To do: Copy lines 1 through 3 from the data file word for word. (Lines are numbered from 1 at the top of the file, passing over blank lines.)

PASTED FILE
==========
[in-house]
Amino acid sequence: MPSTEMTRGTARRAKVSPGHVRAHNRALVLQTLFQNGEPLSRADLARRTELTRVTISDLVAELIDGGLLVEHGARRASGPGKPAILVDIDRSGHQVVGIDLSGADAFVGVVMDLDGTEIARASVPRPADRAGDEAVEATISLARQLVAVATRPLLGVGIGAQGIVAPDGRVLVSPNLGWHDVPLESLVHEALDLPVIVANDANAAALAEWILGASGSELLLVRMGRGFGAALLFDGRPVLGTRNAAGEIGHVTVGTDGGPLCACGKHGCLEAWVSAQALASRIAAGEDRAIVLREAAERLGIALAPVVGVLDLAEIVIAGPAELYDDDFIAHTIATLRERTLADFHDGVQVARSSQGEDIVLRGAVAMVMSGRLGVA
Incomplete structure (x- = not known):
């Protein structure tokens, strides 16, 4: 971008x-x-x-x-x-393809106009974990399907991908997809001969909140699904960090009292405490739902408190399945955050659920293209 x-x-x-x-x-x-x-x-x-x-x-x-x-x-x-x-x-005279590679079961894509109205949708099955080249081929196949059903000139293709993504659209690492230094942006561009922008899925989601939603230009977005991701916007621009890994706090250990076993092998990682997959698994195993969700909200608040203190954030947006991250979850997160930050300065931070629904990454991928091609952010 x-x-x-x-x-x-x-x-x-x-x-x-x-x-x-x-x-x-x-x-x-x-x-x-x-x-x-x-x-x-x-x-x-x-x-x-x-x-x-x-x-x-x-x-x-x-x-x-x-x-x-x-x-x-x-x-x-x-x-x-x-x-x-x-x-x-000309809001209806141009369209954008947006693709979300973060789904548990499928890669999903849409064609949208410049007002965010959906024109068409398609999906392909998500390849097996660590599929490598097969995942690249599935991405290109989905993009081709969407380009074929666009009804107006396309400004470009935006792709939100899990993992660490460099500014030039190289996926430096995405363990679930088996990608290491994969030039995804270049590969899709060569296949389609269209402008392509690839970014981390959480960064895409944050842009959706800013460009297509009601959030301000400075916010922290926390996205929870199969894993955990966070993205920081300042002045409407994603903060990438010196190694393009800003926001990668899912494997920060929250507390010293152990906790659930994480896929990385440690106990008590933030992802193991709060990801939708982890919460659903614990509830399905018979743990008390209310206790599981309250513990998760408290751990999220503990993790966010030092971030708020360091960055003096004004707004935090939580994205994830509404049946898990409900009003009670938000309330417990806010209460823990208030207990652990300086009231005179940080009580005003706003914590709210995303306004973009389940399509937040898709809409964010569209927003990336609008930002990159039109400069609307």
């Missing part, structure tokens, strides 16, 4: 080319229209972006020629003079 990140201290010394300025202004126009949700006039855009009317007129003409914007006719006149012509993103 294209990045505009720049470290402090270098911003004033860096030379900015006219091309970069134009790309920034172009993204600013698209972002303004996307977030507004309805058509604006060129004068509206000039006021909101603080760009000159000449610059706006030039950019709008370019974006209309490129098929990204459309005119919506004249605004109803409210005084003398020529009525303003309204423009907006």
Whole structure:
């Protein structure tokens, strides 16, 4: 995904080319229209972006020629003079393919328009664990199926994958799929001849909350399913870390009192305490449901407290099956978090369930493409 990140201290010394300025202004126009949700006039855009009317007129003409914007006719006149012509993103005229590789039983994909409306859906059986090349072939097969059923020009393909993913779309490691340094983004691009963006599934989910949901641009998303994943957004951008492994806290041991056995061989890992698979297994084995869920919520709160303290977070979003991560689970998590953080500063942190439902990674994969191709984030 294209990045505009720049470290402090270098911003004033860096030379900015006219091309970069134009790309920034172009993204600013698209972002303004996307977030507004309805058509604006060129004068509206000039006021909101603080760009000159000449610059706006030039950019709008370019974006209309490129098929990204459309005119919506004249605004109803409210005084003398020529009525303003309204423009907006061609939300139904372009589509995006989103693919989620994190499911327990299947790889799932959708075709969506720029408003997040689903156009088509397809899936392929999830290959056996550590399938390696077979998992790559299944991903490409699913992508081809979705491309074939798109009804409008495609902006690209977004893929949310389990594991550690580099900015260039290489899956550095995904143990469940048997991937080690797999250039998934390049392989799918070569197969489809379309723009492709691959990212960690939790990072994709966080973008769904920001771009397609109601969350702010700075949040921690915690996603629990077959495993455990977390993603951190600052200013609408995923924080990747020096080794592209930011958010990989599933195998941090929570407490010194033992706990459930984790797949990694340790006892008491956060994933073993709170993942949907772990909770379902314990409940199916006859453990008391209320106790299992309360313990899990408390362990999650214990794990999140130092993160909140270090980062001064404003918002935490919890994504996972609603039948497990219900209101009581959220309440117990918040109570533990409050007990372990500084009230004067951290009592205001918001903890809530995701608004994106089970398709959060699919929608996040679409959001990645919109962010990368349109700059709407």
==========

[in-house]
Amino acid sequence: MPSTEMTRGTARRAKVSPGHVRAHNRALVLQTLFQNGEPLSRADLARRTELTRVTISDLVAELIDGGLLVEHGARRASGPGKPAILVDIDRSGHQVVGIDLSGADAFVGVVMDLDGTEIARASVPRPADRAGDEAVEATISLARQLVAVATRPLLGVGIGAQGIVAPDGRVLVSPNLGWHDVPLESLVHEALDLPVIVANDANAAALAEWILGASGSELLLVRMGRGFGAALLFDGRPVLGTRNAAGEIGHVTVGTDGGPLCACGKHGCLEAWVSAQALASRIAAGEDRAIVLREAAERLGIALAPVVGVLDLAEIVIAGPAELYDDDFIAHTIATLRERTLADFHDGVQVARSSQGEDIVLRGAVAMVMSGRLGVA
Incomplete structure (x- = not known):